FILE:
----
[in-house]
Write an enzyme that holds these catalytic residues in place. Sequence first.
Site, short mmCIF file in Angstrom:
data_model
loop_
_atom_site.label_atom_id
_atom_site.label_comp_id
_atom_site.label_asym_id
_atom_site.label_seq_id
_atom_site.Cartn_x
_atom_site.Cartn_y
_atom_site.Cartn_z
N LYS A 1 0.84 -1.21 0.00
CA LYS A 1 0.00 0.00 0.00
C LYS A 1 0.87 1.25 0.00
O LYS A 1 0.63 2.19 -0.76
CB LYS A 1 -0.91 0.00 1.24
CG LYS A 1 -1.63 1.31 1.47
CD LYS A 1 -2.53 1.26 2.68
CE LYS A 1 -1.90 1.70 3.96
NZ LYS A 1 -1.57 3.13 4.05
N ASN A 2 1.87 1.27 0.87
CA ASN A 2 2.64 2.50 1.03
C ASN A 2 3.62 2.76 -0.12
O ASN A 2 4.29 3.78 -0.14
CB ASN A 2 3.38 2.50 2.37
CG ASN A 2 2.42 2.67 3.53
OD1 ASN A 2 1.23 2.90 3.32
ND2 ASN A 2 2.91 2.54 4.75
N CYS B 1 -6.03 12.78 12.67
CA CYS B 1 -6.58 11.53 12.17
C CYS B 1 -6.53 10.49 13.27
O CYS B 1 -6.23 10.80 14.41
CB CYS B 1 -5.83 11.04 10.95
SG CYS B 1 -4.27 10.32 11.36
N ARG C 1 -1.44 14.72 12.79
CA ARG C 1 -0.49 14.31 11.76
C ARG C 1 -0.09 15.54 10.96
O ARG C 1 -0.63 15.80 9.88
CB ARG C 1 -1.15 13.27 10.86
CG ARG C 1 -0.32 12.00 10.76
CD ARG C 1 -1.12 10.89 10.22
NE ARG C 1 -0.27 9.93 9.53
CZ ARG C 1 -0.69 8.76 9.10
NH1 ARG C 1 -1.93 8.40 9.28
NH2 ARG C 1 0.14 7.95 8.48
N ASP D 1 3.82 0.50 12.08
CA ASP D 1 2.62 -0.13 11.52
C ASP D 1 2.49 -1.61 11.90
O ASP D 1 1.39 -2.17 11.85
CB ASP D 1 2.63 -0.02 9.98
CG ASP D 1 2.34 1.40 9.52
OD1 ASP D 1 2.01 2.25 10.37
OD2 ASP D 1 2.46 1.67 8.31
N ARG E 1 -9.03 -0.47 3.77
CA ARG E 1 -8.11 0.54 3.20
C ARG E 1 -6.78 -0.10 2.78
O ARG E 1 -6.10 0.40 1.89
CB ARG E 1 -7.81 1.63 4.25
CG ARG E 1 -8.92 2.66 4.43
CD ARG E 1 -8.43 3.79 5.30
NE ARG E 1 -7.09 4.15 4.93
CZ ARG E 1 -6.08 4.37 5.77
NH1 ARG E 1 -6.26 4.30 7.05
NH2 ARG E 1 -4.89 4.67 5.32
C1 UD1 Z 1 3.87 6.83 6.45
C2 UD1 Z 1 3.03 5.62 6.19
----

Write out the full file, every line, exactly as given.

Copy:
[in-house]
Write an enzyme that holds these catalytic residues in place. Sequence first.
Site, short mmCIF file in Angstrom:
data_model
loop_
_atom_site.label_atom_id
_atom_site.label_comp_id
_atom_site.label_asym_id
_atom_site.label_seq_id
_atom_site.Cartn_x
_atom_site.Cartn_y
_atom_site.Cartn_z
N LYS A 1 0.84 -1.21 0.00
CA LYS A 1 0.00 0.00 0.00
C LYS A 1 0.87 1.25 0.00
O LYS A 1 0.63 2.19 -0.76
CB LYS A 1 -0.91 0.00 1.24
CG LYS A 1 -1.63 1.31 1.47
CD LYS A 1 -2.53 1.26 2.68
CE LYS A 1 -1.90 1.70 3.96
NZ LYS A 1 -1.57 3.13 4.05
N ASN A 2 1.87 1.27 0.87
CA ASN A 2 2.64 2.50 1.03
C ASN A 2 3.62 2.76 -0.12
O ASN A 2 4.29 3.78 -0.14
CB ASN A 2 3.38 2.50 2.37
CG ASN A 2 2.42 2.67 3.53
OD1 ASN A 2 1.23 2.90 3.32
ND2 ASN A 2 2.91 2.54 4.75
N CYS B 1 -6.03 12.78 12.67
CA CYS B 1 -6.58 11.53 12.17
C CYS B 1 -6.53 10.49 13.27
O CYS B 1 -6.23 10.80 14.41
CB CYS B 1 -5.83 11.04 10.95
SG CYS B 1 -4.27 10.32 11.36
N ARG C 1 -1.44 14.72 12.79
CA ARG C 1 -0.49 14.31 11.76
C ARG C 1 -0.09 15.54 10.96
O ARG C 1 -0.63 15.80 9.88
CB ARG C 1 -1.15 13.27 10.86
CG ARG C 1 -0.32 12.00 10.76
CD ARG C 1 -1.12 10.89 10.22
NE ARG C 1 -0.27 9.93 9.53
CZ ARG C 1 -0.69 8.76 9.10
NH1 ARG C 1 -1.93 8.40 9.28
NH2 ARG C 1 0.14 7.95 8.48
N ASP D 1 3.82 0.50 12.08
CA ASP D 1 2.62 -0.13 11.52
C ASP D 1 2.49 -1.61 11.90
O ASP D 1 1.39 -2.17 11.85
CB ASP D 1 2.63 -0.02 9.98
CG ASP D 1 2.34 1.40 9.52
OD1 ASP D 1 2.01 2.25 10.37
OD2 ASP D 1 2.46 1.67 8.31
N ARG E 1 -9.03 -0.47 3.77
CA ARG E 1 -8.11 0.54 3.20
C ARG E 1 -6.78 -0.10 2.78
O ARG E 1 -6.10 0.40 1.89
CB ARG E 1 -7.81 1.63 4.25
CG ARG E 1 -8.92 2.66 4.43
CD ARG E 1 -8.43 3.79 5.30
NE ARG E 1 -7.09 4.15 4.93
CZ ARG E 1 -6.08 4.37 5.77
NH1 ARG E 1 -6.26 4.30 7.05
NH2 ARG E 1 -4.89 4.67 5.32
C1 UD1 Z 1 3.87 6.83 6.45
C2 UD1 Z 1 3.03 5.62 6.19